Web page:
If you’ve turned 65, you’re eligible for Medicare. Your enrollment period begins three months before your birth month. In rare cases, certain people under 65 are eligible for Medicare benefits. Find out how that works, plus when you should enroll, below.
How do I qualify for Medicare?
If you meet any of the following criteria, there is a good chance you qualify for Medicare benefits:
- You are 65 or older
- You have been receiving Social Security disability benefits for at least two years
- You have been diagnosed with end-stage renal disease (ESRD)
- You have been diagnosed with amyotrophic lateral sclerosis (ALS)
Note: How you qualify for Medicare can affect the type of coverage you’re eligible for, when your coverage starts, and how much it costs.
Does Medicare have a citizenship requirement?
As Medicare is a federally funded program, there are some citizenship requirements that you must meet in order to qualify.
If you have a green card and have lived in the United States for at least the last five years, you could be eligible for Medicare. Likewise, if you are a citizen and meet the age requirements, you are eligible for Medicare.
If you do not meet citizenship status on your own, but are married to a United States citizen or legal resident, you may still be able to get full Medicare coverage before the five year mark if you meet all of the following requirements:
- You’re 65 or older
- Your spouse is age 62 or over and has earned forty work credits
- You’ve celebrated your first-year wedding anniversary
When does Medicare enrollment begin?
If you are already receiving Social Security or Railroad Retirement Board benefits by your 65th birthday, you will be auto-enrolled in Medicare Part A and Medicare Part B (also known as Original Medicare). Keep an eye on your mailbox for an enrollment packet explaining your benefits.
If you are 65 but not taking Social Security yet, you can enroll in Medicare beginning three months before your birth month and continuing for three months after you birth month. This seven month window, called the Initial Enrollment Period, is your best time frame to sign up for Medicare.
When does my Medicare coverage begin?
When you register can affect when your Medicare coverage begins.
If you were auto-enrolled, or registered for Medicare during the first three months of your Initial Enrollment Period, your Medicare coverage begins on the first day of your birth month.
If you wait to register during your birth month, or during the last three months of your Initial Enrollment Period, your Medicare coverage begins on the first day of the next month.
What is the age requirement for medicare?
Are you over the age of 65? Congratulations, you qualify for Medicare!
What qualifies as a disability for Medicare eligibility?
If you are under 65, you may qualify for premium-free Medicare Part A benefits if you meet any of the following criteria:
- You have been receiving Social Security disability benefits for at least 24 months
- You receive a disability pension from the Railroad Retirement Board and meet certain criteria
- You have amyotrophic lateral sclerosis (ALS)
- You have end-stage renal disease (ESRD) requiring regular dialysis or a kidney transplant, and you or your spouse has paid Social Security taxes for a length of time that depends on your age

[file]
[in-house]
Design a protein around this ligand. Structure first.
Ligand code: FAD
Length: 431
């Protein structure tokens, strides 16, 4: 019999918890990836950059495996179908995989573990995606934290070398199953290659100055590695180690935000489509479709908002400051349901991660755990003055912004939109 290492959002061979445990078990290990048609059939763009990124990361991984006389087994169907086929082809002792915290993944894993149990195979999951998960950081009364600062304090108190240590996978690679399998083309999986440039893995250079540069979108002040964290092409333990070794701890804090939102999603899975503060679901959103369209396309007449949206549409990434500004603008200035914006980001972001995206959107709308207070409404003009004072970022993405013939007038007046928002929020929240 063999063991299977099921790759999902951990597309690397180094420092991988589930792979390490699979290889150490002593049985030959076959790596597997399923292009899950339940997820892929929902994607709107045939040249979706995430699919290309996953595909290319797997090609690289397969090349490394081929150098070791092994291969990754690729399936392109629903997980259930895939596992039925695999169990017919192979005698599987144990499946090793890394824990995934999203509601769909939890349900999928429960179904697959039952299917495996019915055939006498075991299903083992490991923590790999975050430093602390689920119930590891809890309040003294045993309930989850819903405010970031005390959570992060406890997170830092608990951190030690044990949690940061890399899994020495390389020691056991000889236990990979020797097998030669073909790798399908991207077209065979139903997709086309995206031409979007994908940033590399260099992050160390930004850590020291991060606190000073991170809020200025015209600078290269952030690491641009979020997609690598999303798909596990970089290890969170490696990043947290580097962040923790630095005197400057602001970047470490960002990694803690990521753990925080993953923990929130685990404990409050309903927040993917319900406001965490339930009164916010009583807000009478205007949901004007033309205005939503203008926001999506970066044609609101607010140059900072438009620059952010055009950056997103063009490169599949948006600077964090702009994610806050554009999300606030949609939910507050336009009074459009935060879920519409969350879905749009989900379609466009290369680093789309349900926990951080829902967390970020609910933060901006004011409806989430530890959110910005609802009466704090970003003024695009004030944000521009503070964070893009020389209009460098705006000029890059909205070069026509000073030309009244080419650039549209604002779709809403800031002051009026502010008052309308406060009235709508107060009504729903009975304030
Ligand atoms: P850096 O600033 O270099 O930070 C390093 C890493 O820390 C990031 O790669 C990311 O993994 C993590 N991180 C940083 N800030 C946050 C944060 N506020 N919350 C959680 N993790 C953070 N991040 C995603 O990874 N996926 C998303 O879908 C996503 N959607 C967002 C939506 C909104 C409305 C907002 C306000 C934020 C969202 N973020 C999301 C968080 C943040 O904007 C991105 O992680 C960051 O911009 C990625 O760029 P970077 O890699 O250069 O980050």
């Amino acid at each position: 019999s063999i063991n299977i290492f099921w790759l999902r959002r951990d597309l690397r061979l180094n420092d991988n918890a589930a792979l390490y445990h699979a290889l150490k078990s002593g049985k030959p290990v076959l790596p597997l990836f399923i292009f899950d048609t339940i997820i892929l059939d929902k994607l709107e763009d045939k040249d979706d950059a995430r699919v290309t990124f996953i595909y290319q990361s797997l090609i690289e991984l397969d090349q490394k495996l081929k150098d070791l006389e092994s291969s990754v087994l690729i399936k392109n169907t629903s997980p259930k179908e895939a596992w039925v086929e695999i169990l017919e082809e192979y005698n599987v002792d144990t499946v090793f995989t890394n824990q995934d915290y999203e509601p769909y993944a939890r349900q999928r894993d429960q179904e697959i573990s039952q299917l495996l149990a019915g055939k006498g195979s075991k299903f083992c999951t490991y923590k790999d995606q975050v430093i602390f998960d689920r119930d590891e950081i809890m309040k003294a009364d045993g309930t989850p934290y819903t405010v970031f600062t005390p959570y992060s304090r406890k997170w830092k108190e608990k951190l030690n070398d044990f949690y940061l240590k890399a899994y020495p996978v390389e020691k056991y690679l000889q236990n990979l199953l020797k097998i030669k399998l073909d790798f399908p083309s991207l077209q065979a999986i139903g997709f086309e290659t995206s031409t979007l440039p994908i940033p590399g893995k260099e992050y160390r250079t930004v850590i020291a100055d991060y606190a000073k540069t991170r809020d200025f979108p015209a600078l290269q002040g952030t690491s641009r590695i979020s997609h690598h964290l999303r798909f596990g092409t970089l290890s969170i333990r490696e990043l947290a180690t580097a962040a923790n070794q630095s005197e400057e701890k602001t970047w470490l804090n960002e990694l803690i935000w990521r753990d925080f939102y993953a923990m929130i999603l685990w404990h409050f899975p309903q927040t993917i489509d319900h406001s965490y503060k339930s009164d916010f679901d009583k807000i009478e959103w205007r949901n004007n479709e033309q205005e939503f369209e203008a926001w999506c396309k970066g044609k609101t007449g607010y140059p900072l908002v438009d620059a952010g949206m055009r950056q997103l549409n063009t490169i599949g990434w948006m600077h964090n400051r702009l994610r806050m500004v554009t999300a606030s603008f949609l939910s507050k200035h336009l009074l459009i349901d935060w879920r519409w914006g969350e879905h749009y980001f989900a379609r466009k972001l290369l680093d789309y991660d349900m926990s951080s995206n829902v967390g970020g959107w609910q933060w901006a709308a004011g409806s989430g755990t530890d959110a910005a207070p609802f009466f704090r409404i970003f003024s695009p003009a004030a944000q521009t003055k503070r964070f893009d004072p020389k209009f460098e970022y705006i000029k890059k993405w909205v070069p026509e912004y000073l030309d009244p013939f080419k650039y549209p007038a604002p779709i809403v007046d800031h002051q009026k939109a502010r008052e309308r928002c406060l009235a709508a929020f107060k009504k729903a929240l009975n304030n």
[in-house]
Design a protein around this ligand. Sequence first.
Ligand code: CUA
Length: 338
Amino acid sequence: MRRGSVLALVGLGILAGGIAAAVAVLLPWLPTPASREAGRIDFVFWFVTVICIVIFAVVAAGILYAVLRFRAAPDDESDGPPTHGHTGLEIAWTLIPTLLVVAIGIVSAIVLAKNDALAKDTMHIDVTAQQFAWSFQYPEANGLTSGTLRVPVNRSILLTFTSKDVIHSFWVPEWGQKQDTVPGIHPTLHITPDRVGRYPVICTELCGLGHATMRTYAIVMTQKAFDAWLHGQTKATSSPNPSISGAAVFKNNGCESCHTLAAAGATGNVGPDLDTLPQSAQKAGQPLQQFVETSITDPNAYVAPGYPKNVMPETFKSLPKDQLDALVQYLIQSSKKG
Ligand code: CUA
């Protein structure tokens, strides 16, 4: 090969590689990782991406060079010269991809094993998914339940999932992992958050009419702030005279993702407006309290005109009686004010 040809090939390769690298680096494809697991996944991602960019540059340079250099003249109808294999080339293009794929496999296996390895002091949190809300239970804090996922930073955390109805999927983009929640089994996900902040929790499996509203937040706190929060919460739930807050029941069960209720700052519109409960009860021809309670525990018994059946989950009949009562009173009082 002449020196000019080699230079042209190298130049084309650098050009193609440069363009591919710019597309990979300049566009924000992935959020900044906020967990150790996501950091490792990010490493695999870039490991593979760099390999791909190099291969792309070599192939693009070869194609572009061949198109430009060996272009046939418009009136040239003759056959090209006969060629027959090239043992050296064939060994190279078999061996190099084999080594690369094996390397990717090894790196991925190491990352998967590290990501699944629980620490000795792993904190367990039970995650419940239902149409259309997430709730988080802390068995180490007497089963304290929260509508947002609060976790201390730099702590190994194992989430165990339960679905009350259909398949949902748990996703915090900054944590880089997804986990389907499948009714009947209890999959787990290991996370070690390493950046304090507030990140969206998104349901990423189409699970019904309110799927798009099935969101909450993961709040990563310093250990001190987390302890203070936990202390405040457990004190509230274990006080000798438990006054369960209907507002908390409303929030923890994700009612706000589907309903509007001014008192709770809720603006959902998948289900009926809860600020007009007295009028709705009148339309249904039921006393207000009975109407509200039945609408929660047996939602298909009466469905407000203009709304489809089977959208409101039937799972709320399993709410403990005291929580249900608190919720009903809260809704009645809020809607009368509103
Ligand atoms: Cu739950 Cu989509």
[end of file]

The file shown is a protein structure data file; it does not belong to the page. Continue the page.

If you are eligible to purchase premium-free Medicare Part A, you are also eligible to enroll in Medicare Part B.
What is the 24-month rule?
While most beneficiaries qualify for Medicare by reaching the age requirement, you don’t have to be over the age of 65 to qualify for Medicare benefits.
If a beneficiary has received Social Security Disability Insurance or Railroad Retirement Board disability benefits for two years (a full 24 months), they become eligible for Medicare beginning their 25th month on disability. This rule is commonly known as the 24-month rule.
Do the 24 months need to Be consecutive?
No, these 24 months aren’t required to be consecutive. Rather, once you accumulate a month of disability, you’ll stay eligible for up to 93 months after your disability benefits end. If you continue to need SSDI payments, you remain eligible for the rest of your life.
When is the initial enrollment period for people who qualify through disability?
Similarly to those who qualify based on age, beneficiaries who qualify for Medicare through disability will have their own Initial Enrollment Period. This IEP runs starting three months before the beneficiary is set to become eligible for Medicare, the month you become eligible, and the three months after. This makes the disability IEP seven months long as well.
Similar to beneficiaries over 65, those eligible for Medicare through disability will also have to choose carefully when they sign up to avoid being without coverage. If a beneficiary enrolls in Medicare during the first three months of their IEP, their coverage will begin on the first day of the 25th month they are set to receive disability benefits. Enrolling after that period means coverage will begin the following month.
The 24-month rule can seem daunting for anyone looking for the financial relief Medicare coverage could provide. And, if you’re like most people, your disability may leave you with limited income and increased healthcare costs. For those with conditions that might require extra medical attention or long-term care, there is another way you can qualify for Medicare.
Qualifying for medicare with end stage renal disease (ESRD)
If you are diagnosed with end stage renal disease (ESRD), you can be qualified for Medicare just four months after your first treatment. End stage renal disease is a condition where a person’s kidneys are in the final stages of failing. Most people diagnosed with ESRD must undergo regular dialysis, and might require a kidney transplant to live.
Due to the high, long-term costs associated with this condition, beneficiaries looking for relief from Medicare don’t have to wait the standard 24 months on disability to qualify. They only have to wait four months following their first dialysis treatment.
In order to be fully insured with ESRD, patients must have earned 40 work credits and fulfill the citizenship or residency requirements. Generally speaking, beneficiaries with ESRD are limited by the Centers for Medicare & Medicaid Services to Medicare Advantage plans if they enroll in a Special Needs Plan (SNP). These SNPs are specifically designed for ESRD patients.
Qualifying for medicare with Amyotrophic lateral sclerosis (ALS)
If a beneficiary has been diagnosed with Amyotrophic lateral sclerosis (ALS), they also gain Medicare eligibility prior to turning 65. ALS, also known as Lou Gehrig’s disease, damages the brain and spinal cord, resulting in the inability to move one’s muscles. Once diagnosed with ALS, beneficiaries can enroll in Medicare the same month their Social Security Disability Insurance or Railroad Retirement Board disability benefits start.
What happens when age and disability overlap?
What if you qualify for Medicare based on age and disability? Which category do you fall under when enrolling? If you satisfy the age requirements, this takes precedence over qualifying by disability. In other words, your benefits would follow the regulations that apply to all age-qualified Medicare enrollees.